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Products for grant RZ-260848-18

Notion Archaeological Research Project: The Biography of an Ancient Greek Urban Community
Christopher Ratte, Regents of the University of Michigan

Grant details:

The Bouleuterion at Notion (Conference Paper/Presentation)
Title: The Bouleuterion at Notion
Author: Christopher Ratté
Abstract: The Bouleuterion (Council House) at Notion is one of a number of similar structures in western Asia Minor of comparable plan, size, and location; their identification as Bouleuteria is based largely on the latter two characteristics; they enclose large auditoria, capable of holding significant numbers of people, and they are situated on or near public squares. The history of this building type is conventionally traced back to the Old and New Bouleuteria of Athens, dated to the late 6th and late 5th centuries respectively, but all the comparable buildings in Asia Minor are considerably later; the earliest securely dated example is the Bouleuterion at Miletus, constructed according to the dedicatory inscription to Antiochus IV between 175 and 164 BC. Thus while the Athenian Bouleuteria may indeed have served as precedents, and the New Bouleuterion at Athens was in fact also renovated in the 2nd c. BC, the building type exemplified by the Bouleuterion at Notion was essentially a Hellenistic creation. The Bouleuterion at Notion was partially excavated by Mustafa Büyükkolancı in the 1994, and has recently been cleaned and documented. Rectangular both in external outline and in its internal seating arrangement, it is larger in plan (24.2 X 30.5 m) than any other comparable building – considerably larger than the Bouleuteria of Priene and Heracleia, for example, and larger also than both the Old and the New Bouleuteria at Athens. It can be reconstructed in detail both in plan and in section, thanks to its remarkably transparent design; the whole building is based on a unit of 16 Attic/Ionic feet. In its design, construction, and urban setting, the Bouleuterion at Notion adds new detail both to the history of the local community and to the development of one of the preeminent civic building types of Hellenistic architecture.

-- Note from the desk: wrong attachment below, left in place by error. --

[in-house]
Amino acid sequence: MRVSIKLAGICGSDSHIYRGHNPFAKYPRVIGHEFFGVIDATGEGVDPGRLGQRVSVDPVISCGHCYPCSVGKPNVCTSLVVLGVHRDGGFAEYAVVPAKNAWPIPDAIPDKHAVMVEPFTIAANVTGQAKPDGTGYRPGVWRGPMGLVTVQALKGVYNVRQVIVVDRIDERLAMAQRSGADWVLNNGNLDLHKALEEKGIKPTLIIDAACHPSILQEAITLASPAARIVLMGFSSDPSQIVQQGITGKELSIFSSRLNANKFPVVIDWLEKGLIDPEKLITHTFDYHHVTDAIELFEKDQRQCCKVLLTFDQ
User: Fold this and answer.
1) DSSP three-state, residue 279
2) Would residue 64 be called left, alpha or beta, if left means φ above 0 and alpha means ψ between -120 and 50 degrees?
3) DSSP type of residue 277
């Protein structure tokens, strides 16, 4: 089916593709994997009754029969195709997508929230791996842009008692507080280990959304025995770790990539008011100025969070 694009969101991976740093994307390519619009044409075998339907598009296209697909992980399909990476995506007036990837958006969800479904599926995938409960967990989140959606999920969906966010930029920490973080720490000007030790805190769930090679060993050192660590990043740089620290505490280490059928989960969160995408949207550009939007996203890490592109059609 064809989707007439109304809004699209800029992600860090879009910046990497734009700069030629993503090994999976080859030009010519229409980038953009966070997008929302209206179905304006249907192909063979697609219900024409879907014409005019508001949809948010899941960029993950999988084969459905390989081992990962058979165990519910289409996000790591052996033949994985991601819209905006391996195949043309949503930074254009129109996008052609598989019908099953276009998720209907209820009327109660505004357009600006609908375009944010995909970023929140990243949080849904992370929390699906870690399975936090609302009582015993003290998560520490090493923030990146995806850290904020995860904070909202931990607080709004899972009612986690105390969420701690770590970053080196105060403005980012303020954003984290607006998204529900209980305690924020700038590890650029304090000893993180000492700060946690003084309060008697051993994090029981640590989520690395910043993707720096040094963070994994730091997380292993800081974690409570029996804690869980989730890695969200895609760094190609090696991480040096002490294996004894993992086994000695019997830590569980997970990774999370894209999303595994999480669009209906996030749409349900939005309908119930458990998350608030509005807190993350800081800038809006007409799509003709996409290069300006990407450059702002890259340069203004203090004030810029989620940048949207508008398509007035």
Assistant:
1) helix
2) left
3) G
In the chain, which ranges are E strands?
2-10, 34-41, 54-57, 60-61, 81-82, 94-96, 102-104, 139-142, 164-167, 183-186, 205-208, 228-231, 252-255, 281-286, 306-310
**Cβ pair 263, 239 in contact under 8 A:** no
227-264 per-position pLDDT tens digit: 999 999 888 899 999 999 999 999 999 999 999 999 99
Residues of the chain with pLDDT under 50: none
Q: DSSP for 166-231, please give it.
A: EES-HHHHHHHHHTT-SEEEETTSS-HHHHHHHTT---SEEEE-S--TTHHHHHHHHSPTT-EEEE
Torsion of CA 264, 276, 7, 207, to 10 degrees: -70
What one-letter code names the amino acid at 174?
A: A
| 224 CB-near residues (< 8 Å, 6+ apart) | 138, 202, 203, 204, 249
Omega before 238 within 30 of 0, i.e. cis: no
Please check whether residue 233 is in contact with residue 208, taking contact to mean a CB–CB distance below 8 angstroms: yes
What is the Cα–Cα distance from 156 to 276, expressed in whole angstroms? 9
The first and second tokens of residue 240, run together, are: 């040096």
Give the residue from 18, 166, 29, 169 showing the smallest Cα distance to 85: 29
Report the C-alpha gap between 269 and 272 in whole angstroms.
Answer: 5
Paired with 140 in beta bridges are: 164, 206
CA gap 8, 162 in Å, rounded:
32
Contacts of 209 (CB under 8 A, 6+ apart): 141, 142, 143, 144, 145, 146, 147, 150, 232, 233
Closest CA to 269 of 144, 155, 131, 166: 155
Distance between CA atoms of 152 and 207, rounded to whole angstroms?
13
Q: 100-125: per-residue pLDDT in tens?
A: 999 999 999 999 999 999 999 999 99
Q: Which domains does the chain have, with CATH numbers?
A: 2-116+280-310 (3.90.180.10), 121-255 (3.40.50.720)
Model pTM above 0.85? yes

Date: 01/08/2022

Hellenistic Cities of Western Anatolia (Course or Curricular Material)
Title: Hellenistic Cities of Western Anatolia
Author: Christopher Ratté
Abstract: The Hellenistic period was a dynamic era in the history of the Greek polis, as kings and local communities throughout the central and eastern Mediterranean world engaged in complicated and shifting maneuvers in pursuit of their sometimes conflicting, sometimes mutual interests. This seminar will examine archaeological evidence for the development of the Hellenistic city with a special focus on western Anatolia, which includes our best-preserved Hellenistic royal capital, Pergamon, a number of centuries-old Greek communities on the western coast, such as Miletus and Ephesus, and one of the most dynamic regions of new city-founding in the Hellenistic period, in the Maeander River basin. The seminar develops out of the UM-sponsored archaeological project at Notion, and it will be structured in the same way as the in-progress publication of the results of the Notion Archaeological Survey; after a few introductory sessions, each meeting will begin with a brief look at a specific subject or category of evidence at Notion, and then proceed to a broader comparative examination of that subject or category of evidence.
Year: 2021
Audience: Graduate